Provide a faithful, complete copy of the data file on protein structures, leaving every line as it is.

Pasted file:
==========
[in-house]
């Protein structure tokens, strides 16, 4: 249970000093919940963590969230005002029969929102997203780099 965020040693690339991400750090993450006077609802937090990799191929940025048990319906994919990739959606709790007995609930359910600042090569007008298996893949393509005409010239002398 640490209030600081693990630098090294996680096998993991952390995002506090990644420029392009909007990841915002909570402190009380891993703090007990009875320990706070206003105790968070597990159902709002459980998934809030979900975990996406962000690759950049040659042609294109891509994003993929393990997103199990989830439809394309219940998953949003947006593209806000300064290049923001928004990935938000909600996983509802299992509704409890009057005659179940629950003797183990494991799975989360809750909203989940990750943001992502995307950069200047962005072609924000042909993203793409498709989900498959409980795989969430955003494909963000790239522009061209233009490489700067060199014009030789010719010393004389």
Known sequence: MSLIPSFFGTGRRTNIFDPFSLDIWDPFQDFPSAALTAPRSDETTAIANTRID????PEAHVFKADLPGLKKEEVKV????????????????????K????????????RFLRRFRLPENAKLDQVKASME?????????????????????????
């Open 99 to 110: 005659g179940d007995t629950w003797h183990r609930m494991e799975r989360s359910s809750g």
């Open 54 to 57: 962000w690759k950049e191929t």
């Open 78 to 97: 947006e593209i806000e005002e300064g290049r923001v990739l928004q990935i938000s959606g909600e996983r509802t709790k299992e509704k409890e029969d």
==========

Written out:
[in-house]
């Protein structure tokens, strides 16, 4: 249970000093919940963590969230005002029969929102997203780099 965020040693690339991400750090993450006077609802937090990799191929940025048990319906994919990739959606709790007995609930359910600042090569007008298996893949393509005409010239002398 640490209030600081693990630098090294996680096998993991952390995002506090990644420029392009909007990841915002909570402190009380891993703090007990009875320990706070206003105790968070597990159902709002459980998934809030979900975990996406962000690759950049040659042609294109891509994003993929393990997103199990989830439809394309219940998953949003947006593209806000300064290049923001928004990935938000909600996983509802299992509704409890009057005659179940629950003797183990494991799975989360809750909203989940990750943001992502995307950069200047962005072609924000042909993203793409498709989900498959409980795989969430955003494909963000790239522009061209233009490489700067060199014009030789010719010393004389």
Known sequence: MSLIPSFFGTGRRTNIFDPFSLDIWDPFQDFPSAALTAPRSDETTAIANTRID????PEAHVFKADLPGLKKEEVKV????????????????????K????????????RFLRRFRLPENAKLDQVKASME?????????????????????????
């Open 99 to 110: 005659g179940d007995t629950w003797h183990r609930m494991e799975r989360s359910s809750g």
């Open 54 to 57: 962000w690759k950049e191929t």
């Open 78 to 97: 947006e593209i806000e005002e300064g290049r923001v990739l928004q990935i938000s959606g909600e996983r509802t709790k299992e509704k409890e029969d």